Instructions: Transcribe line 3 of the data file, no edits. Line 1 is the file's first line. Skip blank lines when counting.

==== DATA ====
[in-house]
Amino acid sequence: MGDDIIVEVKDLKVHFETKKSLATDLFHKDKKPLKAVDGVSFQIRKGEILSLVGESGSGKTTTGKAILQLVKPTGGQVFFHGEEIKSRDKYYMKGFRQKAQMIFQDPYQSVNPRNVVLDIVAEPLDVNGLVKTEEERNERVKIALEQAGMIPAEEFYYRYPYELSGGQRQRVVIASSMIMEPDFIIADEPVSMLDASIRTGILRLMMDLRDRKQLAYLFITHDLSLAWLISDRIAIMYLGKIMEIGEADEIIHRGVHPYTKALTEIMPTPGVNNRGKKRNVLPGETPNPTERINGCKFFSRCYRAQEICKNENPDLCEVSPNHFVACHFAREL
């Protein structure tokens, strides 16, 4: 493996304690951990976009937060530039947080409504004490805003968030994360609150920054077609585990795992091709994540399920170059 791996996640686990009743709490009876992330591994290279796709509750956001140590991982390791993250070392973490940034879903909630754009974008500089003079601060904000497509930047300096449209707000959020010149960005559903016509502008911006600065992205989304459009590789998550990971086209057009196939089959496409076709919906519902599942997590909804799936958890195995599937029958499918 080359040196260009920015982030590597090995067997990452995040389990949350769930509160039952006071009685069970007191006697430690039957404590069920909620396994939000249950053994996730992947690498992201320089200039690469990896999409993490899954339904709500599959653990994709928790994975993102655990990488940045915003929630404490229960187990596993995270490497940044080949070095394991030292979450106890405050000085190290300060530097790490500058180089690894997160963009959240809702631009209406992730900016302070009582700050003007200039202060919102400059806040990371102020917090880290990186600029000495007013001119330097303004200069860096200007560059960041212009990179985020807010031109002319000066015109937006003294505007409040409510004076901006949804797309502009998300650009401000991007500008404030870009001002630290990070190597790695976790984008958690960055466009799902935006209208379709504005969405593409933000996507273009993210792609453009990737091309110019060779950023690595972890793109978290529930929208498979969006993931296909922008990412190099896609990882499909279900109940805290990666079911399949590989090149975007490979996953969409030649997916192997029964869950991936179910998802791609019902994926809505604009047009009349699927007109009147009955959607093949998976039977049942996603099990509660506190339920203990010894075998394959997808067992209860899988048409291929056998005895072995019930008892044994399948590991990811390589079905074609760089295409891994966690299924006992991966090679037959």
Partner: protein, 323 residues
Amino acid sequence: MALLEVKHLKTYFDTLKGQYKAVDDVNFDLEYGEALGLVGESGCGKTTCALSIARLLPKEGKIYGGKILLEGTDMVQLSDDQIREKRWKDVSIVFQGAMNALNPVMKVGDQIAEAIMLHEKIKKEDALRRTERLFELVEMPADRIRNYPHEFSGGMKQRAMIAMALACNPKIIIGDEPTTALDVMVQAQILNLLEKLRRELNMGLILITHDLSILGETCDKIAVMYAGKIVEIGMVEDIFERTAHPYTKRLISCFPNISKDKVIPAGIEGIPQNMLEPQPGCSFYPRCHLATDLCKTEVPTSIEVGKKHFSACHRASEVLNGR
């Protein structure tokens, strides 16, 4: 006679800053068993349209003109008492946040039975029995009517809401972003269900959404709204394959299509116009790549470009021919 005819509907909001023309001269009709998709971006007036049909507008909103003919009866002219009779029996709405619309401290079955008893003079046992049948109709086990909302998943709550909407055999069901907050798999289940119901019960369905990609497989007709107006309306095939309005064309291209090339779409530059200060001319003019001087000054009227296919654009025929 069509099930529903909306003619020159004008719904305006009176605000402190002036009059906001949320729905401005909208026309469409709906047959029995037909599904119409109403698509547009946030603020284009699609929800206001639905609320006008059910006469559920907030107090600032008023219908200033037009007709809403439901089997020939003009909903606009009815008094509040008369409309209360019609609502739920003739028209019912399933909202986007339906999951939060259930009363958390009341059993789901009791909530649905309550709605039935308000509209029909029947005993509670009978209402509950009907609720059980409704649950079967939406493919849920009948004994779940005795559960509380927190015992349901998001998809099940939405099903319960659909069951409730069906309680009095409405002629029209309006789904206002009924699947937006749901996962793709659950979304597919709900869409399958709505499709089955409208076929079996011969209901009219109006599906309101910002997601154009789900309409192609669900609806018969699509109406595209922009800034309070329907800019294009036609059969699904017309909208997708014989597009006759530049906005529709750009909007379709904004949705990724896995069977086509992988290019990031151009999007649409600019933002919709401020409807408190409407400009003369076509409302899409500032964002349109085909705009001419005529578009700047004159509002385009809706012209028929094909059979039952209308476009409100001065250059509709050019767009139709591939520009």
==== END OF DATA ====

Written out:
């Protein structure tokens, strides 16, 4: 493996304690951990976009937060530039947080409504004490805003968030994360609150920054077609585990795992091709994540399920170059 791996996640686990009743709490009876992330591994290279796709509750956001140590991982390791993250070392973490940034879903909630754009974008500089003079601060904000497509930047300096449209707000959020010149960005559903016509502008911006600065992205989304459009590789998550990971086209057009196939089959496409076709919906519902599942997590909804799936958890195995599937029958499918 080359040196260009920015982030590597090995067997990452995040389990949350769930509160039952006071009685069970007191006697430690039957404590069920909620396994939000249950053994996730992947690498992201320089200039690469990896999409993490899954339904709500599959653990994709928790994975993102655990990488940045915003929630404490229960187990596993995270490497940044080949070095394991030292979450106890405050000085190290300060530097790490500058180089690894997160963009959240809702631009209406992730900016302070009582700050003007200039202060919102400059806040990371102020917090880290990186600029000495007013001119330097303004200069860096200007560059960041212009990179985020807010031109002319000066015109937006003294505007409040409510004076901006949804797309502009998300650009401000991007500008404030870009001002630290990070190597790695976790984008958690960055466009799902935006209208379709504005969405593409933000996507273009993210792609453009990737091309110019060779950023690595972890793109978290529930929208498979969006993931296909922008990412190099896609990882499909279900109940805290990666079911399949590989090149975007490979996953969409030649997916192997029964869950991936179910998802791609019902994926809505604009047009009349699927007109009147009955959607093949998976039977049942996603099990509660506190339920203990010894075998394959997808067992209860899988048409291929056998005895072995019930008892044994399948590991990811390589079905074609760089295409891994966690299924006992991966090679037959």